Gospel Reflections by Father Gerry Pierse, C.Ss.R.

Fourth Sunday of Ordinary Time

Gospel: Mk 1:21-28

Authority Rather Than Power


One evening a few years ago while visiting my home town, I came upon a scene where policemen were trying to control a drunkard who was shouting in vile language and, in general, disturbing the peace. While I was watching, "the Master" came along. The Master, now retired, had been our, mine and the drunkard's very respected teacher in grade three. At a time when other teachers still used a cane he preferred to try to arouse the interest of his students in their studies, and when that happened there was seldom a discipline problem. The police were just about to use violence on the shouting drunkard when the Master asked them to let him talk to the man. He walked up close and said, "Jim, sober up boy and go home quietly and do not be making a fool out of yourself." In seconds the man transformed and became as if he had never taken a drink. "Good evening, Master," he said. Then he said to the policemen in a meek voice, "I'm sorry if I caused you any trouble" and he walked home quietly.

For me this incident illustrated the difference between power and authority. The Policemen had power which implies the possession of the ability to yield force, but the Master had authority - a power given to him to influence and direct others that came from what he stood for in himself.

In today's Gospel we also see authority confronting power. In the very first miracle recorded by Mark, Jesus is interrupted while teaching in the synagogue by the shouts of a man possessed, a man who is owned by an evil power. Jesus speaks and commands the power that dominates the man's life to leave him alone. At once the man becomes freed by the presence of the authority of Jesus, just as Jim was set free by the authority of the Master.

Albert Nolan, in "Jesus before Christianity" says that unlike the scribes, Jesus never appeals to the authority of the rabbinical tradition, nor even to the authority of scripture itself. He does not expound the truth by interpreting or commenting upon the sacred text. His perception and interpretation of the truth is direct and unmediated. He does not lay claim to the authority of a prophet, or to a prophetic calling or vision to authenticate his words. He refuses to produce any kind of sign from heaven to prove that he can speak from God. He expected people to see the truth of what he was doing and saying without relying on any authority at all. The only authority that Jesus might be said to have appealed to was the authority of truth itself. He did not make authority his truth but made truth his authority. Jesus did not expect others to obey him: he expected them to obey the truth. And as truth comes from God he was expecting them to obey God. This is why the people "were astonished at the way he taught for he taught as one having authority, and not like the teachers of the Law."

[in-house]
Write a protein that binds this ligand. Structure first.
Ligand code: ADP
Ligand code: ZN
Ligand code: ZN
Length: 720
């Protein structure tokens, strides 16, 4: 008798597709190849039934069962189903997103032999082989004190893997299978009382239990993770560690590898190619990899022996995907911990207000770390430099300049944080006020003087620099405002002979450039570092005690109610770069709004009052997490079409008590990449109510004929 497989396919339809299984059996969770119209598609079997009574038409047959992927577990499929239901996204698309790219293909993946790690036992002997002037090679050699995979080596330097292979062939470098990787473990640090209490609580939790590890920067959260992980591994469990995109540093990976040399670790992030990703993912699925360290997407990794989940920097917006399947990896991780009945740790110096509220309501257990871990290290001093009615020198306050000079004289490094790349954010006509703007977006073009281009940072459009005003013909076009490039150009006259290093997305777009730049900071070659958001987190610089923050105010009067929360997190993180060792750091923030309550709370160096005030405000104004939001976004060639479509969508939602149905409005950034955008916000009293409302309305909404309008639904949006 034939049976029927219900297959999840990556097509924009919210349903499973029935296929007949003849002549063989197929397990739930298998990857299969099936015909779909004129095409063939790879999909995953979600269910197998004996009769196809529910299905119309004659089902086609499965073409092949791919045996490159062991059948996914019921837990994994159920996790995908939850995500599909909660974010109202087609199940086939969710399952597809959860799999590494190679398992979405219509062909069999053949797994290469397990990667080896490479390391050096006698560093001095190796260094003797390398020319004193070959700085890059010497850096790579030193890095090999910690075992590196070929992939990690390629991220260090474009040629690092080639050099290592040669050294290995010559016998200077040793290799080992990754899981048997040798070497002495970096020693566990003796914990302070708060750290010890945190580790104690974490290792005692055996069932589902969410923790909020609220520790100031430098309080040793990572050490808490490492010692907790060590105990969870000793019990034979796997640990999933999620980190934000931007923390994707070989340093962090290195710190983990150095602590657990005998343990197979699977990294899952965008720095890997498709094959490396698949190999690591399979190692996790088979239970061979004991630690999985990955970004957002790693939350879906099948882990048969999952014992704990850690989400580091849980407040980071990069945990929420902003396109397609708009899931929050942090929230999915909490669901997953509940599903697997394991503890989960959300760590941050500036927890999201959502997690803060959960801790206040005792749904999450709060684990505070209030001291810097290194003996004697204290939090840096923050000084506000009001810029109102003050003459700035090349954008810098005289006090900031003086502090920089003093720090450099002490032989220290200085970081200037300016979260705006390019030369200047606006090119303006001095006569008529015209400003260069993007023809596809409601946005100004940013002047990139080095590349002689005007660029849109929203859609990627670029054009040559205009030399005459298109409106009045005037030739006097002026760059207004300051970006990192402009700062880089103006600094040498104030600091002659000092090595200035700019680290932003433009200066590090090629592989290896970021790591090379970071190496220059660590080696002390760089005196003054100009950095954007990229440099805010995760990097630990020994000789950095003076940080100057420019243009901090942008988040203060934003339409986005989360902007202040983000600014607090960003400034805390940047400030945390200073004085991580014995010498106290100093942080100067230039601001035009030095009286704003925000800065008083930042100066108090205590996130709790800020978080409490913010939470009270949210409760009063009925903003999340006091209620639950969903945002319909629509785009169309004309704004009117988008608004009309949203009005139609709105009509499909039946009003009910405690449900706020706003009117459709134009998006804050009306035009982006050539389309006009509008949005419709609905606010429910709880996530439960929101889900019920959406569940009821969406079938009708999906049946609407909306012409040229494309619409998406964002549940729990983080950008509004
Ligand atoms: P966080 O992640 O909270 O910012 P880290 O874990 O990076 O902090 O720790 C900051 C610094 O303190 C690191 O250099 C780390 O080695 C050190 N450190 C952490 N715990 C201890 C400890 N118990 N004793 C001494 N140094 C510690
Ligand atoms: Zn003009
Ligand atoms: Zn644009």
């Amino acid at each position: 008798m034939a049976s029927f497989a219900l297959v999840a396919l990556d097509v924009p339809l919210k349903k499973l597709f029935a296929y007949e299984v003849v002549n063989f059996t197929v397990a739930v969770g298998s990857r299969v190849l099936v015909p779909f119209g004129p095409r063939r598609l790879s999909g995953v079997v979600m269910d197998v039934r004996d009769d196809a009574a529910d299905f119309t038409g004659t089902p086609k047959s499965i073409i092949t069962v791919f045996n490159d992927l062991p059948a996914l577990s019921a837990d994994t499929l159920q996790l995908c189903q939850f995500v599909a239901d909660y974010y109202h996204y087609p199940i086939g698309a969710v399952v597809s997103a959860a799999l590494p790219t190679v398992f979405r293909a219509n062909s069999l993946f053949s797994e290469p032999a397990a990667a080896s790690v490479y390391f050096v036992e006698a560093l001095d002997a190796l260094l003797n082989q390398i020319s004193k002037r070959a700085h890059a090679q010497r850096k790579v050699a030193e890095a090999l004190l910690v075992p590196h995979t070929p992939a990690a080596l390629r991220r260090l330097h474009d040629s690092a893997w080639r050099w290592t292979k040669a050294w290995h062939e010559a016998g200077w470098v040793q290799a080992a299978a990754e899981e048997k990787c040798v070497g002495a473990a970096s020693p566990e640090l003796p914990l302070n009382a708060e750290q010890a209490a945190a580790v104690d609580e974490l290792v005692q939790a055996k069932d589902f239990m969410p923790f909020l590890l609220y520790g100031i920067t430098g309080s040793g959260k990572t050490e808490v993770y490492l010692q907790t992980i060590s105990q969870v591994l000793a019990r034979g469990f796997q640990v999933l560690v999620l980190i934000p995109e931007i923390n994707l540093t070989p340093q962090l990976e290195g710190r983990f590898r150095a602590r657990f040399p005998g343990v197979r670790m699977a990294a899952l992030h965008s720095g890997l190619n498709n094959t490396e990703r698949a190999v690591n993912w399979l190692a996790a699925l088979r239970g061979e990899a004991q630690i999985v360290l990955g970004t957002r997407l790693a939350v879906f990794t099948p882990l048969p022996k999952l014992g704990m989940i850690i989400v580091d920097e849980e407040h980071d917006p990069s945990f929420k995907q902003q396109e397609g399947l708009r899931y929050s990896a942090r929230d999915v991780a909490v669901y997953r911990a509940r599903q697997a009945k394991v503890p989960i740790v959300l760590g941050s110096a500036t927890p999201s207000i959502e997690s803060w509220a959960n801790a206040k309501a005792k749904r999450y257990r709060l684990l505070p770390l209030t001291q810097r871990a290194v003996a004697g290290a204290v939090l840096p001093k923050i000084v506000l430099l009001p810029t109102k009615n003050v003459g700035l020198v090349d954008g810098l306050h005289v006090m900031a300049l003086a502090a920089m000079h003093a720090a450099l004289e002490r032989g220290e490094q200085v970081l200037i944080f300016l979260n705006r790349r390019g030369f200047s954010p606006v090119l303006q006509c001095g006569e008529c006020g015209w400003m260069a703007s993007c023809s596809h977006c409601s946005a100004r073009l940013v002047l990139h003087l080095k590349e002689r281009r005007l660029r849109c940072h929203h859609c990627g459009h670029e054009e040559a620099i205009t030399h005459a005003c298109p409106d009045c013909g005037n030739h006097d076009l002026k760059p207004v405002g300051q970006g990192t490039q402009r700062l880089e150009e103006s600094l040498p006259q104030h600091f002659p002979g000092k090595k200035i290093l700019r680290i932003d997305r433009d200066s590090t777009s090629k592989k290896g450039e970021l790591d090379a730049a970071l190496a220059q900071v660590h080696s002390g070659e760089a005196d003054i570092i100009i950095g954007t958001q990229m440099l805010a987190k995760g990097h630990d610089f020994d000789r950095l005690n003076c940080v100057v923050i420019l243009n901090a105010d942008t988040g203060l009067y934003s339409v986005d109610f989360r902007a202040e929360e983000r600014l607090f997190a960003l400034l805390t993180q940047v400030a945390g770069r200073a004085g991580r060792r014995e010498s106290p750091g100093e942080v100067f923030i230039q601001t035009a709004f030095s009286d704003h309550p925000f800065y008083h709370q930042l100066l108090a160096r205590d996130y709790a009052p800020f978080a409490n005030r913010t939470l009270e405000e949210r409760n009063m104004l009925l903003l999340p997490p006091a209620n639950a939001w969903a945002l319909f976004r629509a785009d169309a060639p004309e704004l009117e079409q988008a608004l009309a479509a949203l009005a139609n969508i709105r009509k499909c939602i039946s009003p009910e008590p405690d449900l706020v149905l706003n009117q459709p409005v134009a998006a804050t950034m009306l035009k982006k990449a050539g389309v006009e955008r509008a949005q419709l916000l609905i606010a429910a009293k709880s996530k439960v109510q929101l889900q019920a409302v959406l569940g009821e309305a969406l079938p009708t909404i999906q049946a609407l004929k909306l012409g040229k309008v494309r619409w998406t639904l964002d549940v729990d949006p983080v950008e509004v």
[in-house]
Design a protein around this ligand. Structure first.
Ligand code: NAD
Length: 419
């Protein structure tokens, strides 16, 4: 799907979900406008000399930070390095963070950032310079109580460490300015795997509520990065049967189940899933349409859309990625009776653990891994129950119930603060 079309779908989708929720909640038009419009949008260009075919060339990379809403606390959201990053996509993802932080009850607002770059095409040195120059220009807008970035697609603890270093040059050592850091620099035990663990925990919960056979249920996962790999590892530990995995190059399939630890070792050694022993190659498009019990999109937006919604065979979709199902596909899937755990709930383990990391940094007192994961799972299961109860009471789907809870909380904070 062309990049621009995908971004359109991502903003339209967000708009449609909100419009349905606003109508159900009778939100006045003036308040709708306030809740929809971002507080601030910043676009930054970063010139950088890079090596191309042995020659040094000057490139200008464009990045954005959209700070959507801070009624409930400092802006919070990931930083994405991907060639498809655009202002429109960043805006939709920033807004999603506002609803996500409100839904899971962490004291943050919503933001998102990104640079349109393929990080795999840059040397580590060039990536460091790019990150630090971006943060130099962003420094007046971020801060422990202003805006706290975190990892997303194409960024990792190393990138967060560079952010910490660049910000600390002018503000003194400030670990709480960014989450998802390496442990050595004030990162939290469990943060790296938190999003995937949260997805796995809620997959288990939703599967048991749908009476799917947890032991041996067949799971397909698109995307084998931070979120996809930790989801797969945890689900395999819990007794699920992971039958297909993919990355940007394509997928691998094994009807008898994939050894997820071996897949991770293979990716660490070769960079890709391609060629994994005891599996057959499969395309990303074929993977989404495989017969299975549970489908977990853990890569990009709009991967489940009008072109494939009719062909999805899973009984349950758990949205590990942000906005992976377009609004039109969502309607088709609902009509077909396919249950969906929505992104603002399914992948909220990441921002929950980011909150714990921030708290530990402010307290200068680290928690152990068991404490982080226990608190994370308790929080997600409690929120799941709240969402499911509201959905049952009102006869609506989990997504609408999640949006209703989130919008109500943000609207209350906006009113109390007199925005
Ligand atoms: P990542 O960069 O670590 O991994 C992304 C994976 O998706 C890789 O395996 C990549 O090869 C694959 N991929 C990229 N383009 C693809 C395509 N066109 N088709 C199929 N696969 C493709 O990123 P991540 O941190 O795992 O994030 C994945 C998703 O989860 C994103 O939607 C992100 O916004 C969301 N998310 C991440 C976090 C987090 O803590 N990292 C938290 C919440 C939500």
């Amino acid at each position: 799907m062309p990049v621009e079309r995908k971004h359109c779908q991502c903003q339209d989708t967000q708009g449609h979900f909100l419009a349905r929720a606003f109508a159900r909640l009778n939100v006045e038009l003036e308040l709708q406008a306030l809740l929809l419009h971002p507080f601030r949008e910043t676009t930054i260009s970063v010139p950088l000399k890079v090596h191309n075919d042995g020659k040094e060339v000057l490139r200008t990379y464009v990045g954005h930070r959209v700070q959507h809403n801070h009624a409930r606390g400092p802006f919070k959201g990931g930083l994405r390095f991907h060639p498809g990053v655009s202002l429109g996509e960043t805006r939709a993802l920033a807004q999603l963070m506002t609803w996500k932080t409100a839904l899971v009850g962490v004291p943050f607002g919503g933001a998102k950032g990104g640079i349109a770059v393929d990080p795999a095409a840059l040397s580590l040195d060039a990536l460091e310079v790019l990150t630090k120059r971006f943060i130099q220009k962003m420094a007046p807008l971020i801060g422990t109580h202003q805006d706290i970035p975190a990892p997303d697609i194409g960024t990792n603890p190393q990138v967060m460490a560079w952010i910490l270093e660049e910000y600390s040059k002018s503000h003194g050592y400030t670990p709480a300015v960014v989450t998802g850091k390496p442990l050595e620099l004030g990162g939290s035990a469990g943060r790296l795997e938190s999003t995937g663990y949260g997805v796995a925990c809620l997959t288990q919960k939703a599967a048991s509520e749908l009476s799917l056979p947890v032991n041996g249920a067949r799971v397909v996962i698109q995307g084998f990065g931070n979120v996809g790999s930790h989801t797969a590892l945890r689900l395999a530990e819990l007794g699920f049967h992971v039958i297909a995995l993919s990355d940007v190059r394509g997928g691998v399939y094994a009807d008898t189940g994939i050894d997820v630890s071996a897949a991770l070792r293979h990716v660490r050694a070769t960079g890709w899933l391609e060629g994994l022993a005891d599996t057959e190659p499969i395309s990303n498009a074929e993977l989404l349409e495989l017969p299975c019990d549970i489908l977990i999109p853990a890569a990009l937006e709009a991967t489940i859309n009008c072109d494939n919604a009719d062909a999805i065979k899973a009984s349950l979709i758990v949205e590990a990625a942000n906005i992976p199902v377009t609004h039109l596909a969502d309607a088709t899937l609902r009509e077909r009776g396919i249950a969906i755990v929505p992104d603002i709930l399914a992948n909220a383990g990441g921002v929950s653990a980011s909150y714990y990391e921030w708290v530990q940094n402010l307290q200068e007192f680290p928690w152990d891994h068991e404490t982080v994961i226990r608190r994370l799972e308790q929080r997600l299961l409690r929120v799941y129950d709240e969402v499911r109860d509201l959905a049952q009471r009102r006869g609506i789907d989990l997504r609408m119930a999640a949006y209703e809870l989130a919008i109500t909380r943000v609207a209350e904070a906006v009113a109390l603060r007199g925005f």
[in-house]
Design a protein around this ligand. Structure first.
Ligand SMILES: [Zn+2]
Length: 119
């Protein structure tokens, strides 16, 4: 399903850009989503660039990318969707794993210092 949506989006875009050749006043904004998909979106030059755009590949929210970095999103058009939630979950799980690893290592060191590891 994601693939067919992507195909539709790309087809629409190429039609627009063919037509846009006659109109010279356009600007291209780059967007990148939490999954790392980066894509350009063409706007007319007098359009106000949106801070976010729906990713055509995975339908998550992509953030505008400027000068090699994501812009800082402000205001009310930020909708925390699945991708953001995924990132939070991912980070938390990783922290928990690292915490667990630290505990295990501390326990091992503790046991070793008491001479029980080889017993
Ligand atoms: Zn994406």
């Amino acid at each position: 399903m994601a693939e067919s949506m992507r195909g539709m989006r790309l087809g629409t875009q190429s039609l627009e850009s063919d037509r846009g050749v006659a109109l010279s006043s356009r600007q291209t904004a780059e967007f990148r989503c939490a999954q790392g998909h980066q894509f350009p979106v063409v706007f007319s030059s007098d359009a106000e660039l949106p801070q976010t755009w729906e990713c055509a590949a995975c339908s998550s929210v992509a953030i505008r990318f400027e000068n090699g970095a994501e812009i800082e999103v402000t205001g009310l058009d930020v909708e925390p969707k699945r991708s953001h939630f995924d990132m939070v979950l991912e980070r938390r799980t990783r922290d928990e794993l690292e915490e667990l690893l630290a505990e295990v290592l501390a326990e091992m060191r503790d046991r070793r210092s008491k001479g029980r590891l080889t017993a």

To appeal to the authority of another is probably the second weakest way in which to establish truth; the weakest is to appeal to ones own: "it is right because I say so." This is a return to power, to "might is right" thinking. Unfortunately it is often used by parents and others who lack authority and so appeal to power to support their situation.

When I was first introduced to the writings of John Main I was struck by the authority that was in the teaching itself. He reflected on the disconnectedness and alienation that so many people experience in their lives today and on the teaching of Jesus that we should leave self behind to follow him. He taught the extremely simple discipline of saying a prayer word twice daily for a period of 20 to 30 minutes. When I began to live this simple but extremely difficult teaching I discovered in my own experience that this was a way of leaving self behind, and that very soon it was bringing a connectedness into the rest of my life. When the authority of the teaching was found in experience there was no need for a power to impose it.

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Taken from Sundays into Silence - A Pathway to Life. Copyright © 1998 by Claretian Publications

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